The Long Story of ‘The Long Walk…’

So…

What is the story of all this then? What is this little corner of the internet all about?

Well… it began several Christmases ago.

I like countdowns. I like traditions like Advent that bring us home to Jesus, home to ourselves; Home to the settled-content-alive selves, the selves we miss most of the rest of the year in our frenetic everyday existence.  This one Christmas season, several years ago was so busy, so demanding that at any other time of year I would have been quite undone. But I wasn’t. Advent, the daily anticipation and reflection towards Christmas strengthened and inspired me. I felt the most spiritually alive that I have for months. I was reading an Advent devotional in the mornings, and then we as a family completed the day with a Christmas story each night around the Christmas tree. And we had five different advent calendars all counting down in unison to the same great glorious day, the day when Christ arrived on earth. Christmas lights glowed, carols chorused and anticipation was building to a symphonic crescendo, Christmas day.

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And then came boxing day. The countdown was done, the anticipation over, the devotionals completed. Spiritually it felt like a falling off a cliff. The Christmas season had been so rich with meaning for us all as a family that boxing day found us suddenly emptied, hungering for more, dissatisfied with the end of the season, wanting the life to continue. Did we really have to wait another whole year to experience it again? I thirsted for it, hungered for it… hunted through daily devotionals, rummaged through Christian blogs, downloads, devotionals and books.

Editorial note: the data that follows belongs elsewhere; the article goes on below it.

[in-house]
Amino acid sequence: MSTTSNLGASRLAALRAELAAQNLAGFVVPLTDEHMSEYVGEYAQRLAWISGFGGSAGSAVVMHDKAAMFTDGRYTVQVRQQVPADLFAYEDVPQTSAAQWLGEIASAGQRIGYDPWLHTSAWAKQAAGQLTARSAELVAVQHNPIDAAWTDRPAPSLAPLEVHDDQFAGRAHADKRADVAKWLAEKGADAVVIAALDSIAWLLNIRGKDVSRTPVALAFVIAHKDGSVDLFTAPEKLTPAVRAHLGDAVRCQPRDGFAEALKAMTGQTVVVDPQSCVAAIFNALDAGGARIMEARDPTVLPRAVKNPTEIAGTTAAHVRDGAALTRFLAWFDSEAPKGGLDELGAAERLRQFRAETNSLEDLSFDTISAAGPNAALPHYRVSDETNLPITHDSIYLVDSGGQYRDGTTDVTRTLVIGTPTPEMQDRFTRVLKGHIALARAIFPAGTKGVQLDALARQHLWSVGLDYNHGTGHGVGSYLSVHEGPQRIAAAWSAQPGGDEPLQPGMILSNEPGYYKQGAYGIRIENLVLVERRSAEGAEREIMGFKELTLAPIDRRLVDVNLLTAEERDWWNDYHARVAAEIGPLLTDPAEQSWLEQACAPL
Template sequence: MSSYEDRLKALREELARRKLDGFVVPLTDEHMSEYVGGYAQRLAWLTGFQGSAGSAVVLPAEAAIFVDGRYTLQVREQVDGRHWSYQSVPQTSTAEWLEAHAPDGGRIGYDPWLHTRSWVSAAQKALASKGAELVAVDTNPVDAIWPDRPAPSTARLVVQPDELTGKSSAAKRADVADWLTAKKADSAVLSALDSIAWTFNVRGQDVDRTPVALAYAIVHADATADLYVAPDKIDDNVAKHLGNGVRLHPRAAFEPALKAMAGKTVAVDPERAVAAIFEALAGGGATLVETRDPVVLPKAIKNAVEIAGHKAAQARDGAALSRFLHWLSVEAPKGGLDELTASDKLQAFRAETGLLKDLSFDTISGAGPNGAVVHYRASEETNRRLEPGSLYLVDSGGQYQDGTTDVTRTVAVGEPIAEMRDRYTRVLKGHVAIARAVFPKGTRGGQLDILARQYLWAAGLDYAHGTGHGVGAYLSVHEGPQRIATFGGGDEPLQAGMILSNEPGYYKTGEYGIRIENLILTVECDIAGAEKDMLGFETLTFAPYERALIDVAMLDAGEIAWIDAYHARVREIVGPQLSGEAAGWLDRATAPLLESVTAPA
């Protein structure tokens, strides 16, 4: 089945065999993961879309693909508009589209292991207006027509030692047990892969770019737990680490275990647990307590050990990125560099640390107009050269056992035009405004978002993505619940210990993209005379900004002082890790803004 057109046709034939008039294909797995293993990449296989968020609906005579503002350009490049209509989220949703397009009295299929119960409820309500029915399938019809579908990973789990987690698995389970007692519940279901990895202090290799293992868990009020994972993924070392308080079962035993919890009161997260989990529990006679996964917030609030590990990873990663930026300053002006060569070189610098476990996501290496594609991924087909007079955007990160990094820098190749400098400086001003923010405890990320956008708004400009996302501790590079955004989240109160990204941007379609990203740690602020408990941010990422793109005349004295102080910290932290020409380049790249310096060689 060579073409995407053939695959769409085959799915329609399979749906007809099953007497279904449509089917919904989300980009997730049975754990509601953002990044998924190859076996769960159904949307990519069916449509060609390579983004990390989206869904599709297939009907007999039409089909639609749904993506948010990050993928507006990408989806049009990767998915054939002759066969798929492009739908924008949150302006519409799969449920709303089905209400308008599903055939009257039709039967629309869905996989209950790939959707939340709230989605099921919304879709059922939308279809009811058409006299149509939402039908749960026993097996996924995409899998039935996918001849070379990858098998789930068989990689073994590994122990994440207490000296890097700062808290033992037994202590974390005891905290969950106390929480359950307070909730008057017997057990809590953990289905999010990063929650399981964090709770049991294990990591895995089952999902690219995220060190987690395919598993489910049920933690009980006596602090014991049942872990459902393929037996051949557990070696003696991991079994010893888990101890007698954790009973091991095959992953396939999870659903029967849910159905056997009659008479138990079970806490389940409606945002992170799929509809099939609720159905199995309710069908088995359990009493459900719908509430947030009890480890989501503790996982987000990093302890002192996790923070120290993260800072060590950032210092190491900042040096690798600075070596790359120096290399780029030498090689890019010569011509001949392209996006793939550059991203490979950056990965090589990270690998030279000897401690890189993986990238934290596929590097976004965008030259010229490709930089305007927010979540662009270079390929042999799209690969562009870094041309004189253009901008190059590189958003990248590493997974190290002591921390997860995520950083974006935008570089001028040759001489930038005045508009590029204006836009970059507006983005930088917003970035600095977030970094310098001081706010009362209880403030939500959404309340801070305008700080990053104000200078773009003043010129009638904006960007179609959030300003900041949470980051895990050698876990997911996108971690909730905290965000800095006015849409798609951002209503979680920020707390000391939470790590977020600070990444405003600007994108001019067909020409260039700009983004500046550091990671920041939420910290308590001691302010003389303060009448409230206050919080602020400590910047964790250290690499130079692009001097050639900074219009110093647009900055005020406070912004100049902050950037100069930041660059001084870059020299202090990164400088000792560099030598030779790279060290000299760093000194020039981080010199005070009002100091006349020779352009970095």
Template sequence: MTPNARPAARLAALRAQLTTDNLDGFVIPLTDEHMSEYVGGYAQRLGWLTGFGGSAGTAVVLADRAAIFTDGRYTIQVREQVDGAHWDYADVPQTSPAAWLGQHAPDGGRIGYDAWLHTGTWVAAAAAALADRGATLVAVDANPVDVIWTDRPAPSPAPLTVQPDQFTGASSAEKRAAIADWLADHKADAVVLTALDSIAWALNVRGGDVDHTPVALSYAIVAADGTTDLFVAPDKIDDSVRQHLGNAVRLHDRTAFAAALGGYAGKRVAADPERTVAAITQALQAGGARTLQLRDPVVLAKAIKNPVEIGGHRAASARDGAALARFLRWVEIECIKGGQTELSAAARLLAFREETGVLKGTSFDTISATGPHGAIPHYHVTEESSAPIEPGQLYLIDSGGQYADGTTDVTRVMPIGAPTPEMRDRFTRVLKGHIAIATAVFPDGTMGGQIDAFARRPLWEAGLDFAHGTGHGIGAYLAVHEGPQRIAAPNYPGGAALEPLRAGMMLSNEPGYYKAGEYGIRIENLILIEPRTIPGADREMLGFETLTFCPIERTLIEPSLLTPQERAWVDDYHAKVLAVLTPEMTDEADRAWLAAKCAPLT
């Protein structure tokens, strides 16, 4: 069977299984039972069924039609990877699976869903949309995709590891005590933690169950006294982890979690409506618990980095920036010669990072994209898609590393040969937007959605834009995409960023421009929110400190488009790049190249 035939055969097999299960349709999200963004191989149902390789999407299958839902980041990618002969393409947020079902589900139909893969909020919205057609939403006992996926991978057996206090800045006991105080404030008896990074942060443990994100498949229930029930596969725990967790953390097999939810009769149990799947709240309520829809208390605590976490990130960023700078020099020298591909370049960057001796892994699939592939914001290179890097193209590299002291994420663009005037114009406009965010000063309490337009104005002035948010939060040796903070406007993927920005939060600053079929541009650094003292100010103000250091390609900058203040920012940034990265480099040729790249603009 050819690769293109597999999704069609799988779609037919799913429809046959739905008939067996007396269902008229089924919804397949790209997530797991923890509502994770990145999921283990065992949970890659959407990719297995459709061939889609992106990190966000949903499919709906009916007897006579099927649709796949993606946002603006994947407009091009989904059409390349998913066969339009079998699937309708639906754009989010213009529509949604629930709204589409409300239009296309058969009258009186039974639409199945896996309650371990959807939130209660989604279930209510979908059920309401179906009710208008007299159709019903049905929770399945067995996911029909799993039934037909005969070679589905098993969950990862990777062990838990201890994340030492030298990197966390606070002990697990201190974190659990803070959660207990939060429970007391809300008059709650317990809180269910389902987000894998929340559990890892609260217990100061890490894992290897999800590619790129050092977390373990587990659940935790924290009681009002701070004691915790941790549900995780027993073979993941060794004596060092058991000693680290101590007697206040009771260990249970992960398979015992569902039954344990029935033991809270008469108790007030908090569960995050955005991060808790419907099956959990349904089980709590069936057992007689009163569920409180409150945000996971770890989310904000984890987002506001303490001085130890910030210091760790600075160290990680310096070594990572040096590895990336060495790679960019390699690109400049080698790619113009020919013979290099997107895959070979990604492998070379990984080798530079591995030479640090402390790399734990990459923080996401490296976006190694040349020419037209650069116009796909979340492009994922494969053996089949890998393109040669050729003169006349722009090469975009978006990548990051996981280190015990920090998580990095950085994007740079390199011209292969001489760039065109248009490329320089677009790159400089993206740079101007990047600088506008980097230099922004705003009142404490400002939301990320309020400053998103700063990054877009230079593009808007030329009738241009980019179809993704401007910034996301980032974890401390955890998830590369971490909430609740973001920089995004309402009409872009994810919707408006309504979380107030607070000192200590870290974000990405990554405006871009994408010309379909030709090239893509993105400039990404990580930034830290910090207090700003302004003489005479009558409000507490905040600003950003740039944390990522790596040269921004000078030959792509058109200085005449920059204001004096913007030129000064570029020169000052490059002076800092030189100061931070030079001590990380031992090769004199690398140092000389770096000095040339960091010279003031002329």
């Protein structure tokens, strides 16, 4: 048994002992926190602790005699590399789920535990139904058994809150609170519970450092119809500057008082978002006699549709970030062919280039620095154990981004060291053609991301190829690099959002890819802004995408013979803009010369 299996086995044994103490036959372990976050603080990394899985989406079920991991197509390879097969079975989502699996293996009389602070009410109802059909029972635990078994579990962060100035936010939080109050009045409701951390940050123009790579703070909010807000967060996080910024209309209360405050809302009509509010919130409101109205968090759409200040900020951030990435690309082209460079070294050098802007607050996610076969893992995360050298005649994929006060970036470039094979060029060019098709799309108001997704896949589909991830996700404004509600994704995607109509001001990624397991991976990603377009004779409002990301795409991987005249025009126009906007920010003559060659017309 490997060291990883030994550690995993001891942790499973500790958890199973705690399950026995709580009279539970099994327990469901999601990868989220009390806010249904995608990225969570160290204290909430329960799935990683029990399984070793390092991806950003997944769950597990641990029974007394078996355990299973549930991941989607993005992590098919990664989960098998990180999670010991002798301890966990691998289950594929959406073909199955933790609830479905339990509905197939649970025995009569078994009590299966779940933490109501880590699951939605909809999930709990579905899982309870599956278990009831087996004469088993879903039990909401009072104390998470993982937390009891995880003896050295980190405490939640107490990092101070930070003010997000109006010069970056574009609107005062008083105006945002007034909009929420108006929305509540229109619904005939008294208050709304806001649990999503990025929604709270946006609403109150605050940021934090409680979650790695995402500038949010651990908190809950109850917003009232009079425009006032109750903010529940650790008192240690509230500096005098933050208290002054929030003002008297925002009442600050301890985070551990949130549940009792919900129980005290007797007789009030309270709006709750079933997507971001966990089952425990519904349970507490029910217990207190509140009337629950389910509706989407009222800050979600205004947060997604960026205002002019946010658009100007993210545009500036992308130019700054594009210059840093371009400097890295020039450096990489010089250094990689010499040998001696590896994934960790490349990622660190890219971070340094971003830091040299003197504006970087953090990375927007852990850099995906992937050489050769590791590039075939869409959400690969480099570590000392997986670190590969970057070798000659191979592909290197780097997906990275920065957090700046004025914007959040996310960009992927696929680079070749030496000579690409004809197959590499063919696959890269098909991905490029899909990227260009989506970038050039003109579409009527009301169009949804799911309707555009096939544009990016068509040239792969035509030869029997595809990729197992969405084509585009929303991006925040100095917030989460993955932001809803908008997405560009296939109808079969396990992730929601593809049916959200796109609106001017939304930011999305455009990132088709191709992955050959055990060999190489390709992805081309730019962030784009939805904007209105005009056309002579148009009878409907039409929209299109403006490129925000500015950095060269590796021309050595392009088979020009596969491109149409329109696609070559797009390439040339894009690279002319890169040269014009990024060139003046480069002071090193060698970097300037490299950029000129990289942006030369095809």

And then I stumbled upon it… the old church calendar sitting in a dusty corner of the internet. After Christmas comes Epiphany and after Epiphany, Lent leading right up to the doorstep of Easter.
I’ve never observed these old church holidays. Never really understood them. I wasn’t raised in a traditional church community. From my limited experience of them they appeared to me like a beautiful antique relic, something to be approached with awe and hush and hands behind backs. I didn’t know they could speak, until I started to listen. Until God started to speak to us through them.